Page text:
Special Note: To read a book review and guest post at Kings River Life online magazine, go here. It’s worth the trip because there’s a giveaway of Nancy’s books going on.
When Nancy G. West was seven years old, she and her mother wrote poems to each other on special occasions. In high school, the Library Journal Pegasus published Nancy’s poem. At eighteen, she realized she might have to get a real job.
She heard journalists were underpaid and English majors were selling lingerie, so she studied General Business at the University of Texas and University of Houston and earned a BBA. A few years later, married, with two daughters, Nancy realized she had to study English literature and write.
While earning her MA in English literature at University of the Incarnate Word, San Antonio, she began writing Nine Days to Evil, a novel of psychological suspense, Shakespeare, and nonstop-action which won the Blether Gold Award.
As West finished Nine Days to Evil, Meredith Laughlin’s story, Meredith’s “mature” graduate school friend, Aggie Mundeen, took over West’s consciousness. The result was the author’s creation of the Aggie Mundeen Mystery Series. Fit to Be Dead and Dang Near Dead are available in paperback and e-book.
Tempted to Let Your Beloved Edit Your Work? by Nancy G. West
First, better give them this letter:
Dear (beloved) Editor,
Your GOAL is to read this manuscript for the flow of the story and its entertainment value. Follow the logic of the story. Enjoy characters’ personalities. Discern their motives. Do they grow and change?
Different parts of the brain operate when you read for enjoyment as opposed to searching for grammatical or punctuation errors. Therefore, you will have another opportunity to act as copy editor during a second reading. If you feel compelled to correct grammar/punctuation on this page, inform the author (me) that you relinquish your editorial position, effective immediately.
Still with me? Okay. During the first reading, choose a number(s) from the following twelve-item list, bracket the text you’re referring to and pencil comments in the margin of the manuscript:
1. I like this character, description, scene or dialogue.
2. This moves slowly.
3. This made me chuckle.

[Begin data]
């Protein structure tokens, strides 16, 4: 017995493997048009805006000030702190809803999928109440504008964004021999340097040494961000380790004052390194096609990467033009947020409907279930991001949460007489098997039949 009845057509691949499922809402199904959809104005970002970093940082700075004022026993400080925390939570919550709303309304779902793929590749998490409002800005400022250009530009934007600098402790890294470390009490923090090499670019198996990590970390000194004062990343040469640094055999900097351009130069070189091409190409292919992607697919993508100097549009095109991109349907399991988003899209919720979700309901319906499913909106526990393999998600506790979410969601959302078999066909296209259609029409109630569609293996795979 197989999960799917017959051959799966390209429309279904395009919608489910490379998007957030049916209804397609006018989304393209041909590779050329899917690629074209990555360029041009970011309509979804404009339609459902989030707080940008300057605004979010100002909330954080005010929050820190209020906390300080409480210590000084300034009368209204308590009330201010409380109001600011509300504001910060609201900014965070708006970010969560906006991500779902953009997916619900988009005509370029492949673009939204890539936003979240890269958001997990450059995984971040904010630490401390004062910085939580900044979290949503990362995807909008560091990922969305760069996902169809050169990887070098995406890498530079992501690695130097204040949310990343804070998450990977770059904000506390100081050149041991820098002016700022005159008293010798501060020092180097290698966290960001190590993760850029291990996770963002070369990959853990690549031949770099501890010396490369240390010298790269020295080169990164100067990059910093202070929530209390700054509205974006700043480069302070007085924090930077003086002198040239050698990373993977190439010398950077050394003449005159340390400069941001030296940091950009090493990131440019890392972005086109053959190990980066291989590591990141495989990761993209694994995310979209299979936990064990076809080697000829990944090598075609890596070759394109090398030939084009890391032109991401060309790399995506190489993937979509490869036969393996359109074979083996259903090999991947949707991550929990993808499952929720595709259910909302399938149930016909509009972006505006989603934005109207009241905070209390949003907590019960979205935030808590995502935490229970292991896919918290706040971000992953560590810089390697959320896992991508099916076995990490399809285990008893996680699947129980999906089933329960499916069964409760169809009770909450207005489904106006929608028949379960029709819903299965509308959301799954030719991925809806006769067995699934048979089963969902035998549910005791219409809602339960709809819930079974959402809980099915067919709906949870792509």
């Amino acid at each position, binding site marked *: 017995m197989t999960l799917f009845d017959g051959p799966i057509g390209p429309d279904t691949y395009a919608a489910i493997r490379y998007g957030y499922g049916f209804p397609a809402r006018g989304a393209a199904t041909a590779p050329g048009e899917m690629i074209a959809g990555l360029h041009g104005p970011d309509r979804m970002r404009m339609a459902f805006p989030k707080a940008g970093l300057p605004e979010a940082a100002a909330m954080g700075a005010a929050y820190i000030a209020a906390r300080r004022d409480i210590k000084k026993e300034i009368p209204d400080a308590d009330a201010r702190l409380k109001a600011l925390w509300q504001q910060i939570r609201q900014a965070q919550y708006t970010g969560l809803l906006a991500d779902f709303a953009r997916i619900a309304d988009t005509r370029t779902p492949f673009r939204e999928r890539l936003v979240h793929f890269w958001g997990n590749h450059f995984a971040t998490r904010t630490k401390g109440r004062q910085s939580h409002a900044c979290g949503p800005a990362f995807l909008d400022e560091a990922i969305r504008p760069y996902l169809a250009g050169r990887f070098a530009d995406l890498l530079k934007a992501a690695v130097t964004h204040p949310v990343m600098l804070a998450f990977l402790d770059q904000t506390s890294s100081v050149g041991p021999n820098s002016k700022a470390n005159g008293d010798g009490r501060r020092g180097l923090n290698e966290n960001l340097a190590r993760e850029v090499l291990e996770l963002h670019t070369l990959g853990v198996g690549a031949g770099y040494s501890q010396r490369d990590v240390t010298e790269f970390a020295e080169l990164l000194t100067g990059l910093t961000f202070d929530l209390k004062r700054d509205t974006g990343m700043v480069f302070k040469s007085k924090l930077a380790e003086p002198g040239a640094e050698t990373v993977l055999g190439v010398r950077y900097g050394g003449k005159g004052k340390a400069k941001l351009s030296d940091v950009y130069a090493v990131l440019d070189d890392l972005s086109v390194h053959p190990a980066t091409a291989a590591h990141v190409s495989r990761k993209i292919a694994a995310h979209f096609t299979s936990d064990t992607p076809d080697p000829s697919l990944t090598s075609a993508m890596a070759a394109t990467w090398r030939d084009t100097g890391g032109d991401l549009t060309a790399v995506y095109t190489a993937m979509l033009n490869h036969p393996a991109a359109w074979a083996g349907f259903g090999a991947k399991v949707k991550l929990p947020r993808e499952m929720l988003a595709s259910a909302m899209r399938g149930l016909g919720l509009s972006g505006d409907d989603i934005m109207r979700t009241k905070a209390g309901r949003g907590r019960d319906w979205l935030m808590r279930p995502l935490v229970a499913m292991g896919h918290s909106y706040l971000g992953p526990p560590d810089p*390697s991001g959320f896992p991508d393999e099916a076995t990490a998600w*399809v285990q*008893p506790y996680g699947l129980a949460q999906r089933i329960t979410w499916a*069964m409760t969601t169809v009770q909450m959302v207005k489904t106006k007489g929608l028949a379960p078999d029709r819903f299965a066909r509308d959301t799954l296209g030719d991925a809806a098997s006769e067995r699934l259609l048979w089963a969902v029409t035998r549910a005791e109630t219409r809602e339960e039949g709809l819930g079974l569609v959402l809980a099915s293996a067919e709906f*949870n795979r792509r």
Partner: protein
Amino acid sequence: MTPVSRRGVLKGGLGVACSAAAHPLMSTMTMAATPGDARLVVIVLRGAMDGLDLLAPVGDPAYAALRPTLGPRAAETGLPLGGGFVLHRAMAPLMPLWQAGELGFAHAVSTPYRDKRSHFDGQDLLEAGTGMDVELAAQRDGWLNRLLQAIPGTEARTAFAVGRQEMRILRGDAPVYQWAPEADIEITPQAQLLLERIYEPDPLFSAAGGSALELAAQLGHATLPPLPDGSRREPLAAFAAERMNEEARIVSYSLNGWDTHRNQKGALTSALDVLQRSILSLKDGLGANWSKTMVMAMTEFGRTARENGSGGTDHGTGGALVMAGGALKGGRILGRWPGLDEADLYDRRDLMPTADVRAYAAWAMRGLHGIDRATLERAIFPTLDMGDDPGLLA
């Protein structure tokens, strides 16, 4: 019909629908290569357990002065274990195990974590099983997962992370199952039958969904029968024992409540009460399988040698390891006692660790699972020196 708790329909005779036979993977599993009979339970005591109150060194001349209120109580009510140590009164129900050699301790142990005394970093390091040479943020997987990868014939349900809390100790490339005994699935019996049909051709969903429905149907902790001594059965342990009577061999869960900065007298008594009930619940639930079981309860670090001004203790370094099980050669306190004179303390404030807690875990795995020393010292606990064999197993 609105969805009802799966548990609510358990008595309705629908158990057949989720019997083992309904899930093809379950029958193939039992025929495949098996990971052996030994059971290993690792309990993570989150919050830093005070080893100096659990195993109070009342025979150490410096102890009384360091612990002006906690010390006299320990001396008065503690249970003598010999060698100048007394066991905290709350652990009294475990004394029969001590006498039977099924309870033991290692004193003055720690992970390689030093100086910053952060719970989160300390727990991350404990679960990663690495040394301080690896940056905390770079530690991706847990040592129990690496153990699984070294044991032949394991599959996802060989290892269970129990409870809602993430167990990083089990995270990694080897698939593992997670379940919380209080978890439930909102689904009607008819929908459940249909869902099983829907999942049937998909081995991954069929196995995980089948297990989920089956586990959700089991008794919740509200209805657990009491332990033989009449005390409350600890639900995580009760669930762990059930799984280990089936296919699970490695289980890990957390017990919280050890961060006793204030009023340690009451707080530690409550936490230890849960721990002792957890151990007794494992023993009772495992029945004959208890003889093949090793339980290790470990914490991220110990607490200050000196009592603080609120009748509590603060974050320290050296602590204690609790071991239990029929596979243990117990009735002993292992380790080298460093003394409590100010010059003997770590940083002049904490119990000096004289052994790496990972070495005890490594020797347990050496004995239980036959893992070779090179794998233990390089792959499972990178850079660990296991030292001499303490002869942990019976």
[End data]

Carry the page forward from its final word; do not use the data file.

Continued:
4. Huh? (Try to explain your reaction.)
5. Two much verbiage.
6. Needs further explanation. (What more do you need to know?)
7. Repetitious. (Find page where this was previously mentioned. Is new info. added here?)
8. Would character really say or do this? (No? Why not?)
9. Contradiction of logic. (Find earlier contradiction, note page number and bracket contradiction here.)
10. Is writer ahead of reader here? (Writer seems to assume something reader doesn’t know.)
11. This part created questions and (a) made me want to learn more or (b) made me wonder why author included this.
12. If you have other comments not included above, pencil them in the margin and bracket appropriate text.
13. Now tell me, TAHDAH! – WHAT YOU LIKED MOST ABOUT THIS BOOK! and what you liked least about this book.
One more thing: If, at any point, you feel compelled to be a smart-alec, try to be a helpful smart-alec.
Thank you, Your (beloved) trusting writer.
p.s. Consider whether editing this manuscript will enhance our long, fruitful relationship, or whether your editing career will begin and end with this assignment.
Nancy, I loved this post because it is an excellent explanation why my husband does not critique or edit my work. I firmly believe he would write “Huh?” at least once on every page to make me crazy…and then he’d try to convince me he was “just kidding.”
The ebook versions of Nancy’s books are on sale for a limited time for $.99 at amazon.com.
For more information about Nancy and her novels, visit her website. She can also be found on Goodreads and Facebook.